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After developing a lengthy exposé on "frankenscience," SeeNet reporter Andrew Worth is burnt out. So burnt that he passes up a plum assignment covering the new disease "Distress." Instead, he asks for a lower-key job profiling Violet Mosala, a scientist who earned a Nobel Prize at the age of 25 and who is about to announce her version of the Theory of Everything. The TOE is an attempt to explain how all scientific theories fit together, but it may actually be the catalyst that created the universe, making Violet the "Keystone" of the universe. So much for the quiet assignment ...
-- Dieser Text bezieht sich auf eine vergriffene oder nicht verfügbare Ausgabe dieses Titels.
A dizzying intellectual adventure.” The New York Times
From the opening "revival" scene that I had to read three times to the final page, Distress was a great read. I really enjoyed his play with gender--ve and ver, for example, were intriguing. The Theory of Everything was scientific enough to be credible, but written such that even a non-science reader could appreciate it. And the concept of "Stateless" was great. This is science fiction as it is meant to be: plausible, but pushing the envelope.
In "Distress", Greg Egan has provided a thought-provoking vision of the future, and a chilling view of the essence of reality. He creates a world filled with biotechnology wonders, and has created a place, "Stateless", based on these wonders. He then takes this world and weaves in a plot that dives into a stark philosophy of existence. His view point is that man can assume he is no more than matter and information. But Egan does not despair at that view, but rather uses his two main characters, Violet Mosala and Andrew Worth, to show its power. As Mosala, the physicist, finishes a Theory of Everything, Worth takes his experiences in the book to reconcile the implications of the theory. Alone, the TEO would reverberate through time causing a fatal illness "Distress", but Worth solves that dilemma, and opens a new perspective for mankind. But don't think you can read this book casually (I made that mistake). The physics is unforgiving (brush up on the integration of the forces of nature, and on the latest theories of space as a dance of virtual particles). And bring a magic marker. The first time you hit a new name, or ANY time there is a reference to one of a myriad of anti- or pro-science groups, highlight it. That will allow you to go back and understand how the actions of that person or group from two hundred pages back, motivate what is happening where you are reading. This type of book demonstrates that the fiction novel market should break convention and include (heresy here) indexes and tables in books to help the reader. It is this problem of complex and distance references, plus some dangling plot threads, that keep me from rating this higher.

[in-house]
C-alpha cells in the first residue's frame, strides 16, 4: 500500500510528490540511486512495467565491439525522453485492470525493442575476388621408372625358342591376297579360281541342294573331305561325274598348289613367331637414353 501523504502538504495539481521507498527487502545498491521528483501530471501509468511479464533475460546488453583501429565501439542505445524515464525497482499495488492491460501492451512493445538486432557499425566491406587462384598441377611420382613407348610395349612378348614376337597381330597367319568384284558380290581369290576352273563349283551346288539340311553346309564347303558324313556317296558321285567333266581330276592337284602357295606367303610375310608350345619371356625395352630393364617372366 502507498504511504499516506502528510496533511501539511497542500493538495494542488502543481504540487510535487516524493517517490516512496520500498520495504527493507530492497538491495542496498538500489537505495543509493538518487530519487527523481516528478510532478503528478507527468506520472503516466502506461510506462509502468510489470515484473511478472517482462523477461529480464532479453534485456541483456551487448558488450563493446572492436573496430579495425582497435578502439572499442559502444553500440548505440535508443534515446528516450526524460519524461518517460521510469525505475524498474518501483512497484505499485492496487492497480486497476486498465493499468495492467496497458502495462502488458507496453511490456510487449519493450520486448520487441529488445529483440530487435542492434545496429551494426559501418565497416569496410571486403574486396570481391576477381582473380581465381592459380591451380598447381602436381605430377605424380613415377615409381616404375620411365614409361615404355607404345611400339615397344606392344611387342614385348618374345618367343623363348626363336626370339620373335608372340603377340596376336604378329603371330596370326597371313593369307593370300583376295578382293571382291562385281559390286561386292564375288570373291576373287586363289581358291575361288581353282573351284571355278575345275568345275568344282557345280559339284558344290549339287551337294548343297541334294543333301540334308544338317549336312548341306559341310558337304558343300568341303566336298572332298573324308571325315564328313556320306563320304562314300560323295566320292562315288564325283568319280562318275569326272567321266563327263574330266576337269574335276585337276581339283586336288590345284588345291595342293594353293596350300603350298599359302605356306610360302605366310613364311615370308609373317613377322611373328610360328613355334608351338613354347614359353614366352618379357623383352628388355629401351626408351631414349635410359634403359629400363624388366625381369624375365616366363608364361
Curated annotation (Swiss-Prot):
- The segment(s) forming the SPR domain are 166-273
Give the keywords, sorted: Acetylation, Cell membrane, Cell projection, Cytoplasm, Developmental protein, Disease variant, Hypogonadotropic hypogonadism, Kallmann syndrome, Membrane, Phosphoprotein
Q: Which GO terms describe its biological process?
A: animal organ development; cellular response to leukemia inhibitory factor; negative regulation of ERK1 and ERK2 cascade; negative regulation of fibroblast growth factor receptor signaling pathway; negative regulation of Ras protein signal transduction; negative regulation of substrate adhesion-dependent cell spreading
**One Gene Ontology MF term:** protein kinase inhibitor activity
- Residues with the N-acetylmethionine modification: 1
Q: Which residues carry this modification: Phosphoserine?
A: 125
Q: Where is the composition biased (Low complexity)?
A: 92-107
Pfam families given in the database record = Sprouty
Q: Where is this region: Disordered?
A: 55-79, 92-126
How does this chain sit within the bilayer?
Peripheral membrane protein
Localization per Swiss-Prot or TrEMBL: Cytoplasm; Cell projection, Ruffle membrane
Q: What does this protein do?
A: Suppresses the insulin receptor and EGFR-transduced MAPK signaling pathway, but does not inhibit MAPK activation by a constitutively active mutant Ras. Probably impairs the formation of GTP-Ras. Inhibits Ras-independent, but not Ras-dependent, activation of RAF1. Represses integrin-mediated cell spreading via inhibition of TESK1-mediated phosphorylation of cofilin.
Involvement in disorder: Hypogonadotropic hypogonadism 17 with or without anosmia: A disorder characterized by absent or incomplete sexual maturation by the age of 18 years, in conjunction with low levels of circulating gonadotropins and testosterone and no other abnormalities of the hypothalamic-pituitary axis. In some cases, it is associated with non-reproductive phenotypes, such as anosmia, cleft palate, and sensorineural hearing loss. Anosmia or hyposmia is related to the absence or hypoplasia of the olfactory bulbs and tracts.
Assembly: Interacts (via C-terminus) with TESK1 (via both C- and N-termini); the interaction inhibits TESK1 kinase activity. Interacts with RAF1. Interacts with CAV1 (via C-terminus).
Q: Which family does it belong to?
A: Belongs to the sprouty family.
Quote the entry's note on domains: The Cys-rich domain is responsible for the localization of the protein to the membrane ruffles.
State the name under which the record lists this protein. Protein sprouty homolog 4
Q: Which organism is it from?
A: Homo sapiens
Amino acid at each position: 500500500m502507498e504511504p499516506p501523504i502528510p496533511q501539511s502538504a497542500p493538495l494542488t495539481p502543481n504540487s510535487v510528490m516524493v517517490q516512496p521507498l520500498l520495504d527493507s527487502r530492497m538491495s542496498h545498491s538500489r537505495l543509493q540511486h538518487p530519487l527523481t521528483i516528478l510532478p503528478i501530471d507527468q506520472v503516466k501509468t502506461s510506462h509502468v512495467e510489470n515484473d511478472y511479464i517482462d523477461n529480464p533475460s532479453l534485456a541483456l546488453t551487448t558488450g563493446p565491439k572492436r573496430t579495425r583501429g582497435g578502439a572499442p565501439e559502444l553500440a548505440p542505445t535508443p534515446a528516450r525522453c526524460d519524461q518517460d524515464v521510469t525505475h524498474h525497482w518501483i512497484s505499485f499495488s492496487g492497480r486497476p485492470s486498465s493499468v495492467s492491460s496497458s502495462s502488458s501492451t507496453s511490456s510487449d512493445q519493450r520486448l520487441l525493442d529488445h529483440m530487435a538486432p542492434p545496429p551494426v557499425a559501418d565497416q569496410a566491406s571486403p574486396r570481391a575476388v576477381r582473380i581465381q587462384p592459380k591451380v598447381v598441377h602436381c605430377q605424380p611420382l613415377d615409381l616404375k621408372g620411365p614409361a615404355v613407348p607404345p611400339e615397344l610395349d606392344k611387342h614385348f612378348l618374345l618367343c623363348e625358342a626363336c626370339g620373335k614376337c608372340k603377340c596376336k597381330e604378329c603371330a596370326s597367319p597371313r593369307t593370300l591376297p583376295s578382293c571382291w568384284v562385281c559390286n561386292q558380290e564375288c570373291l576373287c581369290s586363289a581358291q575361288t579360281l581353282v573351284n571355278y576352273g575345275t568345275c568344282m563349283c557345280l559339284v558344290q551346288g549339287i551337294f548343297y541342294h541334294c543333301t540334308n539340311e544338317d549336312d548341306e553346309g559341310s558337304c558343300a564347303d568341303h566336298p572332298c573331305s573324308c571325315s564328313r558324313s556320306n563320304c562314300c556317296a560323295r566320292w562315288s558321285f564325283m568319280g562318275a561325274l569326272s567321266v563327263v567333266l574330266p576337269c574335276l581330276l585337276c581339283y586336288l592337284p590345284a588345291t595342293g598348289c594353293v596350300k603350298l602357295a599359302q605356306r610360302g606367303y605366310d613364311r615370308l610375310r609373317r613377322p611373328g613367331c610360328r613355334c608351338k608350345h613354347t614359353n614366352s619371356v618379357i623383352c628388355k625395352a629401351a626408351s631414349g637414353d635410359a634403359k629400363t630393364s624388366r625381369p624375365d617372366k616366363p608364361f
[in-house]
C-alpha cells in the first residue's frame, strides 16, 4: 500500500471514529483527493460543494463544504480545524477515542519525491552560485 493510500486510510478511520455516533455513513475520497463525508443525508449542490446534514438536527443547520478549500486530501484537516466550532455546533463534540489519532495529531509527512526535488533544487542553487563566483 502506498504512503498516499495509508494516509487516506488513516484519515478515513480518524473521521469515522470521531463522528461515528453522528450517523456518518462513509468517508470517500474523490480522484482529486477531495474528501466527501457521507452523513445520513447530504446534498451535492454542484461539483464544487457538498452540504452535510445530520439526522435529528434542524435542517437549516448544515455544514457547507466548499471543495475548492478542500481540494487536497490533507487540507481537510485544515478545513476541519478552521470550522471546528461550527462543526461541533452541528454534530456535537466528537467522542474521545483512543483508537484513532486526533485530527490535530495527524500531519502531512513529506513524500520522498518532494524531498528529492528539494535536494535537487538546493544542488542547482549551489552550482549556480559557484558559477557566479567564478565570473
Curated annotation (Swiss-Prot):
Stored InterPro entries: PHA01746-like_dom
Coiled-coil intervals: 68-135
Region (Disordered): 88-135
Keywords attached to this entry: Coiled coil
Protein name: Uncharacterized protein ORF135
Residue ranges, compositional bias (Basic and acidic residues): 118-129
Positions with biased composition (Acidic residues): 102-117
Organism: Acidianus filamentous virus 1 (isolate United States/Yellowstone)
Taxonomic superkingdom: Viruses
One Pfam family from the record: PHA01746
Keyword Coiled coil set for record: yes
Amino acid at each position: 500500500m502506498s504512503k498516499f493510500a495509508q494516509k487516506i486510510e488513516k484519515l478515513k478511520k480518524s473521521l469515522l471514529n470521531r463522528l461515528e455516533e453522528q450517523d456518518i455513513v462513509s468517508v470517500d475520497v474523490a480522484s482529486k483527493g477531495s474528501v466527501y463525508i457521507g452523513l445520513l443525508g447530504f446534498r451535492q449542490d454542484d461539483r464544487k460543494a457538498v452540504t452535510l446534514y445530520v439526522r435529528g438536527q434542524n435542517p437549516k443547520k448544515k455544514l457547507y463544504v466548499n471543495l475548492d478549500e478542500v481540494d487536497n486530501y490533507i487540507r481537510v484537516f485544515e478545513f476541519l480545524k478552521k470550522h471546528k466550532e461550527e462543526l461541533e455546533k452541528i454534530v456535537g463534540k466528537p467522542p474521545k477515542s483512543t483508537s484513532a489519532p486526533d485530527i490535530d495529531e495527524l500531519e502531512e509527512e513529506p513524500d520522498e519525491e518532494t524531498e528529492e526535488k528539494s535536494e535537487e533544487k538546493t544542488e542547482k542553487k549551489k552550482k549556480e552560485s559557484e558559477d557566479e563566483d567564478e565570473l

Epistemology and TOE metaphysics stretched together in the best work of fiction I have ever read on the subjects. The rationals are top notch as are allways with Egan, embroidering here his most ambitious and compelling work to date. One of the very few writers in the same intelectual league with Stanislaw Lem.
Greg Egan's "Distress" is a most unusual work of science fiction. Most of the story takes place on Earth in the middle of the next century, but on an artificially created island called "Stateless" that is diplomatically shunned by most of the rest of the world because of how it was created. On the island, a convention is gathering to decide on the new "Theory of Everything" which is supposed to be as revolutionary as the Theory of Relativity. Lurking in the background is a new psychological malady named Distress, which is somehow linked to these events. Egan is a good storyteller and "Distress," like most of the best science fiction, is brimming with unusual ideas.
I am not a regular reader of much speculative fiction, however Egan's work (which I picked up basically on a whim) may change that. I found Distress to be challenging and mentally invigoration especially after the great deal of sludge I've forced my way through when I've given SF a try previously. I don't know if I completely agree with or even fully understand the metaphysics Egan appears to be endorsing at the end of the story, I'd be interested in hearing his comments on the work. If the book has any imperfections, it's that the characters are a bit under-developed, but that certainly didn't stop me from recommending it to my friends or to whoever's reading this right now.